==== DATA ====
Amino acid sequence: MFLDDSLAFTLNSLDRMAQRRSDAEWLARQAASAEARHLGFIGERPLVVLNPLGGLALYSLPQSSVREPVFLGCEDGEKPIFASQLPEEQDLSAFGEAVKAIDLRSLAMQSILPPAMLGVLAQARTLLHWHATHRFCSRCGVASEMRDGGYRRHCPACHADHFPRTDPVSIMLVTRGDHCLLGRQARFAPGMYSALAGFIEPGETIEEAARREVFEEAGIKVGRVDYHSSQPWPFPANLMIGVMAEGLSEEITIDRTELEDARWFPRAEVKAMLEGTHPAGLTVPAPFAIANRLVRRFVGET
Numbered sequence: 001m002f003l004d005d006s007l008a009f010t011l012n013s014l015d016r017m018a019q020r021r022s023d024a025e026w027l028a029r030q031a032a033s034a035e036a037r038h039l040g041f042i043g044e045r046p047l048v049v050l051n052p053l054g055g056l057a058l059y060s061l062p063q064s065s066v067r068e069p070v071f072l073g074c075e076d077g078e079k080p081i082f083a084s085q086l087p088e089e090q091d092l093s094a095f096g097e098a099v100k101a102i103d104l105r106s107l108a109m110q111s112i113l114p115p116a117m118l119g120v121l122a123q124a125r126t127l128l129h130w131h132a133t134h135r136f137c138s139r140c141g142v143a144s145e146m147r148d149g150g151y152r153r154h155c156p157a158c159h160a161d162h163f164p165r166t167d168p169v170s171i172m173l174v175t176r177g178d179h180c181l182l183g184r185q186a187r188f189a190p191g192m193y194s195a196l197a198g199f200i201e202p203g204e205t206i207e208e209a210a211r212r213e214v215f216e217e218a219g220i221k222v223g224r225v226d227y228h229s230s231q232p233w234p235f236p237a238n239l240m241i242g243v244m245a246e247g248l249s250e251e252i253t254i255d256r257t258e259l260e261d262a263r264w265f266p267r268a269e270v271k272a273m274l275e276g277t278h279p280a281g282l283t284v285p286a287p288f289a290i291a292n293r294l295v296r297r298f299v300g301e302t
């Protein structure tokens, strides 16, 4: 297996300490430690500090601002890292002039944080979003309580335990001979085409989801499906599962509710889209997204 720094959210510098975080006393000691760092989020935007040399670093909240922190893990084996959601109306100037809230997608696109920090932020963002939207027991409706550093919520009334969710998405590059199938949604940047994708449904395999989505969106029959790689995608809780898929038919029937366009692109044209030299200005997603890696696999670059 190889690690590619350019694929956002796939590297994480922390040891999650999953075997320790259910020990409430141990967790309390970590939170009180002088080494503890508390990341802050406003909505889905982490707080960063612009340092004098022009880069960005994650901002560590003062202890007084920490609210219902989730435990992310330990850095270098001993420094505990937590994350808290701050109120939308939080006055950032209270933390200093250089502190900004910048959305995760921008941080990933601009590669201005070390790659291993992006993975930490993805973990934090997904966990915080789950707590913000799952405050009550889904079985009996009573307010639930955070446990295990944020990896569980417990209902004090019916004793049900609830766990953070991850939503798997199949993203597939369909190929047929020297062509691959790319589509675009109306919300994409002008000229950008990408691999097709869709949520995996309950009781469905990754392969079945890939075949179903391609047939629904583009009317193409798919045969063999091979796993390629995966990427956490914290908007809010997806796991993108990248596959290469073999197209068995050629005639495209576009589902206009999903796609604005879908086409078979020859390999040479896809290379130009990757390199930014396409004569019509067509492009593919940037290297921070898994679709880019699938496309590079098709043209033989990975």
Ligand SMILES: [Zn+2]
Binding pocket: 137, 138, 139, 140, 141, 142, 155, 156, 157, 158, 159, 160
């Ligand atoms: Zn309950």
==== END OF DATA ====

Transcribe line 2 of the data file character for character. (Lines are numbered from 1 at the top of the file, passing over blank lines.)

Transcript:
Numbered sequence: 001m002f003l004d005d006s007l008a009f010t011l012n013s014l015d016r017m018a019q020r021r022s023d024a025e026w027l028a029r030q031a032a033s034a035e036a037r038h039l040g041f042i043g044e045r046p047l048v049v050l051n052p053l054g055g056l057a058l059y060s061l062p063q064s065s066v067r068e069p070v071f072l073g074c075e076d077g078e079k080p081i082f083a084s085q086l087p088e089e090q091d092l093s094a095f096g097e098a099v100k101a102i103d104l105r106s107l108a109m110q111s112i113l114p115p116a117m118l119g120v121l122a123q124a125r126t127l128l129h130w131h132a133t134h135r136f137c138s139r140c141g142v143a144s145e146m147r148d149g150g151y152r153r154h155c156p157a158c159h160a161d162h163f164p165r166t167d168p169v170s171i172m173l174v175t176r177g178d179h180c181l182l183g184r185q186a187r188f189a190p191g192m193y194s195a196l197a198g199f200i201e202p203g204e205t206i207e208e209a210a211r212r213e214v215f216e217e218a219g220i221k222v223g224r225v226d227y228h229s230s231q232p233w234p235f236p237a238n239l240m241i242g243v244m245a246e247g248l249s250e251e252i253t254i255d256r257t258e259l260e261d262a263r264w265f266p267r268a269e270v271k272a273m274l275e276g277t278h279p280a281g282l283t284v285p286a287p288f289a290i291a292n293r294l295v296r297r298f299v300g301e302t